Longer term, the plan focuses on ramping up renewables, upgrading oil refineries to process non-Russian blends, and building new pipelines and liquefied natural gas (LNG) import terminals to enable more imports of oil and gas from the Middle East and Africa—all in the name of ending Russian reliance by 2030. The infrastructure buildouts should help. While markets already appeared to be heading in that direction, having an EU plan should expedite permitting and construction—as well as give suppliers more confidence an investment is worth the risk. Ditto for reconfiguring refineries.
The same goes for expanding wind and solar power capability, as wind and solar farms face long permitting delays (though fixing this would require member states to make policy changes). However, we would be remiss not to point out that wind and solar are intermittent electricity sources and can create other reliability problems. Several years ago in South Australia, a run of cloudy days made power costs soar through the roof in solar-reliant areas, requiring the state to import energy from coal- and gas-fired plants in neighboring areas. More recently, calm weather throughout Europe last autumn caused a run on natural gas, causing severe energy shortages and price spikes that rippled throughout Europe and Asia. We suspect this is why some member states have gone above and beyond the EU’s plans, pushing hydrogen development and next-gen mini nuclear reactors.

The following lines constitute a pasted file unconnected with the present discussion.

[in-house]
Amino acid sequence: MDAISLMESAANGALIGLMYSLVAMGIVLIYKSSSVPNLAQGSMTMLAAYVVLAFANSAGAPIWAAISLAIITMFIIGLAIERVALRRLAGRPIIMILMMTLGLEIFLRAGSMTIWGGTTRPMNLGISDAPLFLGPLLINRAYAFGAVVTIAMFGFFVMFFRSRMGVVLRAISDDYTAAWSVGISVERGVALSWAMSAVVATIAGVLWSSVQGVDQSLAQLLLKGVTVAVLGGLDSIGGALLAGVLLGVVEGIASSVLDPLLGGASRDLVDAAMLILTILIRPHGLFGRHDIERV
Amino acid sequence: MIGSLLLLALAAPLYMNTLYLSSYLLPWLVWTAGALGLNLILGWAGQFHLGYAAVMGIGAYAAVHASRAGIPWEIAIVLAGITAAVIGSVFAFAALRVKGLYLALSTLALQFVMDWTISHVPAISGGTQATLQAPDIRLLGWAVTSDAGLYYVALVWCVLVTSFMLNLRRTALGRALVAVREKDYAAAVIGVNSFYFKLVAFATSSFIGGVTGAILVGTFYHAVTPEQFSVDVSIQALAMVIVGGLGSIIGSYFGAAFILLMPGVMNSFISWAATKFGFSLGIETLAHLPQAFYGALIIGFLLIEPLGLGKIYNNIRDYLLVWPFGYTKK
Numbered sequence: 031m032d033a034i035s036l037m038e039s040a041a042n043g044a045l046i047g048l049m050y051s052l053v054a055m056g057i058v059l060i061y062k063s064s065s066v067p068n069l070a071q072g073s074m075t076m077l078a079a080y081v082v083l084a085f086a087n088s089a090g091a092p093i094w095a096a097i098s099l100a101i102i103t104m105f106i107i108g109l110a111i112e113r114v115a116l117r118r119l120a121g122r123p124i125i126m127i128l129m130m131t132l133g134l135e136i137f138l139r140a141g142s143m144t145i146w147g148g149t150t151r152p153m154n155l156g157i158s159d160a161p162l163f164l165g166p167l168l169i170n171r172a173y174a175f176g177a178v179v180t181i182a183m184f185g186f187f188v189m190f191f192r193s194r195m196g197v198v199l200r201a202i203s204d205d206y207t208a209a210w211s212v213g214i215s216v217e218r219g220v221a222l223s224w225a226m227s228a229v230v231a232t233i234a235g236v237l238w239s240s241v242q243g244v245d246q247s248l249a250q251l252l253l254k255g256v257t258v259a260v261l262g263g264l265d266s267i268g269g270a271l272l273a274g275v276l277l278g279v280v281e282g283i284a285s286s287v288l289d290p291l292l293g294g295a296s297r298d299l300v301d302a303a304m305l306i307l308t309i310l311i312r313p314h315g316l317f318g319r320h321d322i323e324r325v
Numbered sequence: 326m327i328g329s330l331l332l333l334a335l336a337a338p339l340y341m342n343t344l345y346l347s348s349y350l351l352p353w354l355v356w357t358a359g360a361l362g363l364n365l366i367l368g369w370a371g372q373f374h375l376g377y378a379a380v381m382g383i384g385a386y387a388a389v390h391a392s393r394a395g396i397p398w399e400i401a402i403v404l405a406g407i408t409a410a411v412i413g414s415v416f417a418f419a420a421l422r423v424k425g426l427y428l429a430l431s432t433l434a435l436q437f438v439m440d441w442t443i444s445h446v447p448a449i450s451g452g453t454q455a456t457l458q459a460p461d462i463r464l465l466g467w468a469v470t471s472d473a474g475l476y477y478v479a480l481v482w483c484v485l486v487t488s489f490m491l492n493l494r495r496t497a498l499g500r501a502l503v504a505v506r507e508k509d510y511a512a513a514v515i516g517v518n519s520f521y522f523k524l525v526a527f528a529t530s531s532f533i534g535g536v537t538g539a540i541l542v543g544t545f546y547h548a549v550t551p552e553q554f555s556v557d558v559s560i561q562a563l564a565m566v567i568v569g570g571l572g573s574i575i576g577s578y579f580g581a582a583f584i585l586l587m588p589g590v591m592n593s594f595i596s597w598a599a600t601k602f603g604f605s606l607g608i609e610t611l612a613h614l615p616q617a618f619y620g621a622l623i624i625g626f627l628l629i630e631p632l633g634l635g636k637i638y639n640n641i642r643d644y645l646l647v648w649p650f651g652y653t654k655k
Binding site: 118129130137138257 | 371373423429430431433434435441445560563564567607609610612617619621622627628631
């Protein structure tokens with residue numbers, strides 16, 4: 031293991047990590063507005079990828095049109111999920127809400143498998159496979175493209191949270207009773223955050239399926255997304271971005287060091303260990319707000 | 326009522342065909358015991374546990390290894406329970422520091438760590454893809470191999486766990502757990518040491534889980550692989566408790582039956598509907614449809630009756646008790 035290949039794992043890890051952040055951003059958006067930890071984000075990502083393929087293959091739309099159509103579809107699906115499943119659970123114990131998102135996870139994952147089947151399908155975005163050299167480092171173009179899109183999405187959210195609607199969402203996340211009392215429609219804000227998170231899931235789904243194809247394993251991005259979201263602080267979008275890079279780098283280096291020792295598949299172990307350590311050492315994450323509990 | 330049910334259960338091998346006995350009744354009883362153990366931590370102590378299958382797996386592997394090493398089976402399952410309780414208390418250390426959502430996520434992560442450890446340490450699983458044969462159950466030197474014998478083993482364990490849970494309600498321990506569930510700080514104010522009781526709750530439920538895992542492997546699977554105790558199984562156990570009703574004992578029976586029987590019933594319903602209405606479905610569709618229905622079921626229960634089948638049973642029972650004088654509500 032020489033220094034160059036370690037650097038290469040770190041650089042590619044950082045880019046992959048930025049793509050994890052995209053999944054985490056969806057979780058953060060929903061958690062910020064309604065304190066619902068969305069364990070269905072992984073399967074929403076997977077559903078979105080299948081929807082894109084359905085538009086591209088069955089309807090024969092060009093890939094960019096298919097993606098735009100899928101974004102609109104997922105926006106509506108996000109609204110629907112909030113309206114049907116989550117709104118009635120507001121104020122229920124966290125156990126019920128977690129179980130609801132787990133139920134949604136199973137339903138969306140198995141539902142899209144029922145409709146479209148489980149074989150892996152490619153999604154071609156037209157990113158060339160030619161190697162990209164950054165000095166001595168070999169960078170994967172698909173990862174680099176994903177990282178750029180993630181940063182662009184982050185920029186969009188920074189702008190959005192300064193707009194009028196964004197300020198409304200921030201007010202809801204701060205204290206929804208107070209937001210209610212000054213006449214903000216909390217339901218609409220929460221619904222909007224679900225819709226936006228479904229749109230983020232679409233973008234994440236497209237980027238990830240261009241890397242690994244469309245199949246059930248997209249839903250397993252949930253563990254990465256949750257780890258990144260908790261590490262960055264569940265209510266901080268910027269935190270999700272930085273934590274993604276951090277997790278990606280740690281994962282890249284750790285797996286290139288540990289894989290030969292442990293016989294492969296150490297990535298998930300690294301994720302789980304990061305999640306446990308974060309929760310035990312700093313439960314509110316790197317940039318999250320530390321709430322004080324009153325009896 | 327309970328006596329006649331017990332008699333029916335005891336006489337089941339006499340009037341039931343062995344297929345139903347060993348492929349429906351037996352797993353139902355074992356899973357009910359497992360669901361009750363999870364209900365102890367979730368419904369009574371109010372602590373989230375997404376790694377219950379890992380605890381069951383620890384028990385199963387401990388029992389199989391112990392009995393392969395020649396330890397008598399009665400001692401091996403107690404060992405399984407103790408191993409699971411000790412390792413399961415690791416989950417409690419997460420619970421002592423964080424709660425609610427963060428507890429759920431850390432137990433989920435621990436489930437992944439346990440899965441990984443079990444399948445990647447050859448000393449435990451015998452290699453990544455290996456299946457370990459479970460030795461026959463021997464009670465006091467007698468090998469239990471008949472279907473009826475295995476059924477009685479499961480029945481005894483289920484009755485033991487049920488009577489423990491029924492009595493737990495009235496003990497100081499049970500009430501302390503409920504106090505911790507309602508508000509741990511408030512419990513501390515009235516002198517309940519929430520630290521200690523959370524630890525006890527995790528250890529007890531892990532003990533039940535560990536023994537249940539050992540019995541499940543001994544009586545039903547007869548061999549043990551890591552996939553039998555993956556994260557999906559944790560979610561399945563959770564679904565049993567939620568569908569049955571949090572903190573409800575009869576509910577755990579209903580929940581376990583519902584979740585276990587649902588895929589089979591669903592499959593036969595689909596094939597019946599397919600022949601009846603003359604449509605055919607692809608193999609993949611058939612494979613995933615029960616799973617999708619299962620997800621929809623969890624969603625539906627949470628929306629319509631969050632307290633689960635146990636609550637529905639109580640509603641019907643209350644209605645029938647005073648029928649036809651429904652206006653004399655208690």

Overall, this strikes us as a rather milquetoast endeavor that probably won’t have much cyclical economic or market impact. Initiatives like this play out too slowly, over too many years, to have much effect on near-term economic results. As for the acute energy needs, while this doesn’t do much to address them in a meaningful way, it also doesn’t appear to create roadblocks to the efforts that are already ongoing. So, we guess it seems broadly fine, but we wouldn’t overstate the impact.
China Wants to Buy Some Oil